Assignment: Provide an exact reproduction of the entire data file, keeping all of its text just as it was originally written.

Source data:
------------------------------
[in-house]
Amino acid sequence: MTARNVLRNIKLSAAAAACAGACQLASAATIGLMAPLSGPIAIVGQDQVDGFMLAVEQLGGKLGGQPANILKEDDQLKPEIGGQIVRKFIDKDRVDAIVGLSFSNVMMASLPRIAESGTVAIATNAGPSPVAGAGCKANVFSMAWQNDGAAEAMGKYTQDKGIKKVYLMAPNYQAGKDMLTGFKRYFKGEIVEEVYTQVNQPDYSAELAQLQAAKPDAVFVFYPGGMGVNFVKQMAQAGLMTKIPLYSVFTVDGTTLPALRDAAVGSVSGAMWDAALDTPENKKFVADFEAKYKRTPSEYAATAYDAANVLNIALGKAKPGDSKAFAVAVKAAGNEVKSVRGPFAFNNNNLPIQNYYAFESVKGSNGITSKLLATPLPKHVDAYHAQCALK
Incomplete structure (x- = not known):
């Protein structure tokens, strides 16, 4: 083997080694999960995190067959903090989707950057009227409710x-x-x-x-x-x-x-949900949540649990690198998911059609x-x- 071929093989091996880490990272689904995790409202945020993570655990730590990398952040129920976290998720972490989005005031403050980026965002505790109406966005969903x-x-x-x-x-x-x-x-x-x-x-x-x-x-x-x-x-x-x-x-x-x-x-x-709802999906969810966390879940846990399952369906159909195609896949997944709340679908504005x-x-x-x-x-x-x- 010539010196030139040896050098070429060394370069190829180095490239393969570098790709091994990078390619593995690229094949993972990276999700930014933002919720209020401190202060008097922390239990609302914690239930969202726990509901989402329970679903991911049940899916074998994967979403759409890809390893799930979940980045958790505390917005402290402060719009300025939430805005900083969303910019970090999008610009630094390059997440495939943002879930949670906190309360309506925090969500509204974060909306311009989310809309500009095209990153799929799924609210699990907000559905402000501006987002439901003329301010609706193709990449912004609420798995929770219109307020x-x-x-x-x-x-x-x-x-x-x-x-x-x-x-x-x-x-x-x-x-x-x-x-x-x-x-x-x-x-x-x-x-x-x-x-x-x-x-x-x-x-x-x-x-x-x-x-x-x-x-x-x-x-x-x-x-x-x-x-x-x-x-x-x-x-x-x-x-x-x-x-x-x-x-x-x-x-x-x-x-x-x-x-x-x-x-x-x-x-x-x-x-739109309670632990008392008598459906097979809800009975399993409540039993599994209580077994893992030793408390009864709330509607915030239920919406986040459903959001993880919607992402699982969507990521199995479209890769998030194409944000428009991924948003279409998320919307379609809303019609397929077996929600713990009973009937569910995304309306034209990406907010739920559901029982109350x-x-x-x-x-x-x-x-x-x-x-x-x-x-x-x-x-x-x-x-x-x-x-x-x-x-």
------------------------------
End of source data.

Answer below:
[in-house]
Amino acid sequence: MTARNVLRNIKLSAAAAACAGACQLASAATIGLMAPLSGPIAIVGQDQVDGFMLAVEQLGGKLGGQPANILKEDDQLKPEIGGQIVRKFIDKDRVDAIVGLSFSNVMMASLPRIAESGTVAIATNAGPSPVAGAGCKANVFSMAWQNDGAAEAMGKYTQDKGIKKVYLMAPNYQAGKDMLTGFKRYFKGEIVEEVYTQVNQPDYSAELAQLQAAKPDAVFVFYPGGMGVNFVKQMAQAGLMTKIPLYSVFTVDGTTLPALRDAAVGSVSGAMWDAALDTPENKKFVADFEAKYKRTPSEYAATAYDAANVLNIALGKAKPGDSKAFAVAVKAAGNEVKSVRGPFAFNNNNLPIQNYYAFESVKGSNGITSKLLATPLPKHVDAYHAQCALK
Incomplete structure (x- = not known):
């Protein structure tokens, strides 16, 4: 083997080694999960995190067959903090989707950057009227409710x-x-x-x-x-x-x-949900949540649990690198998911059609x-x- 071929093989091996880490990272689904995790409202945020993570655990730590990398952040129920976290998720972490989005005031403050980026965002505790109406966005969903x-x-x-x-x-x-x-x-x-x-x-x-x-x-x-x-x-x-x-x-x-x-x-x-709802999906969810966390879940846990399952369906159909195609896949997944709340679908504005x-x-x-x-x-x-x- 010539010196030139040896050098070429060394370069190829180095490239393969570098790709091994990078390619593995690229094949993972990276999700930014933002919720209020401190202060008097922390239990609302914690239930969202726990509901989402329970679903991911049940899916074998994967979403759409890809390893799930979940980045958790505390917005402290402060719009300025939430805005900083969303910019970090999008610009630094390059997440495939943002879930949670906190309360309506925090969500509204974060909306311009989310809309500009095209990153799929799924609210699990907000559905402000501006987002439901003329301010609706193709990449912004609420798995929770219109307020x-x-x-x-x-x-x-x-x-x-x-x-x-x-x-x-x-x-x-x-x-x-x-x-x-x-x-x-x-x-x-x-x-x-x-x-x-x-x-x-x-x-x-x-x-x-x-x-x-x-x-x-x-x-x-x-x-x-x-x-x-x-x-x-x-x-x-x-x-x-x-x-x-x-x-x-x-x-x-x-x-x-x-x-x-x-x-x-x-x-x-x-x-739109309670632990008392008598459906097979809800009975399993409540039993599994209580077994893992030793408390009864709330509607915030239920919406986040459903959001993880919607992402699982969507990521199995479209890769998030194409944000428009991924948003279409998320919307379609809303019609397929077996929600713990009973009937569910995304309306034209990406907010739920559901029982109350x-x-x-x-x-x-x-x-x-x-x-x-x-x-x-x-x-x-x-x-x-x-x-x-x-x-």